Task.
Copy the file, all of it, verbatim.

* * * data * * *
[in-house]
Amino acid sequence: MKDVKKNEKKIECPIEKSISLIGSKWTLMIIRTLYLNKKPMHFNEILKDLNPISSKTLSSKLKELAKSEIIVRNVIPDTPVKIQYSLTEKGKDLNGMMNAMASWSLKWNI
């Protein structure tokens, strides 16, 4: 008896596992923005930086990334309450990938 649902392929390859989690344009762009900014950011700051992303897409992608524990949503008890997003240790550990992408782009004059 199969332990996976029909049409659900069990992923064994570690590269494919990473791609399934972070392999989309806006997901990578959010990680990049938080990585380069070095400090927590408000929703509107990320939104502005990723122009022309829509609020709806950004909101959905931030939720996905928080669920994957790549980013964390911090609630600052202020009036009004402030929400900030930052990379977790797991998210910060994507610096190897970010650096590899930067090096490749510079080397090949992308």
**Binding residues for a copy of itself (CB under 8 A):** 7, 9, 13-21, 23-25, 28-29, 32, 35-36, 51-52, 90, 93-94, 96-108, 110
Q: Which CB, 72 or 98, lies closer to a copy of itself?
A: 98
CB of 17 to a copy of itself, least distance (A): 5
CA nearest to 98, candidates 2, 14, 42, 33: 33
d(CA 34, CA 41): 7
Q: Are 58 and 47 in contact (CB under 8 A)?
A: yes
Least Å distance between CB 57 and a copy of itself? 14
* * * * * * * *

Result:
[in-house]
Amino acid sequence: MKDVKKNEKKIECPIEKSISLIGSKWTLMIIRTLYLNKKPMHFNEILKDLNPISSKTLSSKLKELAKSEIIVRNVIPDTPVKIQYSLTEKGKDLNGMMNAMASWSLKWNI
């Protein structure tokens, strides 16, 4: 008896596992923005930086990334309450990938 649902392929390859989690344009762009900014950011700051992303897409992608524990949503008890997003240790550990992408782009004059 199969332990996976029909049409659900069990992923064994570690590269494919990473791609399934972070392999989309806006997901990578959010990680990049938080990585380069070095400090927590408000929703509107990320939104502005990723122009022309829509609020709806950004909101959905931030939720996905928080669920994957790549980013964390911090609630600052202020009036009004402030929400900030930052990379977790797991998210910060994507610096190897970010650096590899930067090096490749510079080397090949992308």
**Binding residues for a copy of itself (CB under 8 A):** 7, 9, 13-21, 23-25, 28-29, 32, 35-36, 51-52, 90, 93-94, 96-108, 110
Q: Which CB, 72 or 98, lies closer to a copy of itself?
A: 98
CB of 17 to a copy of itself, least distance (A): 5
CA nearest to 98, candidates 2, 14, 42, 33: 33
d(CA 34, CA 41): 7
Q: Are 58 and 47 in contact (CB under 8 A)?
A: yes
Least Å distance between CB 57 and a copy of itself? 14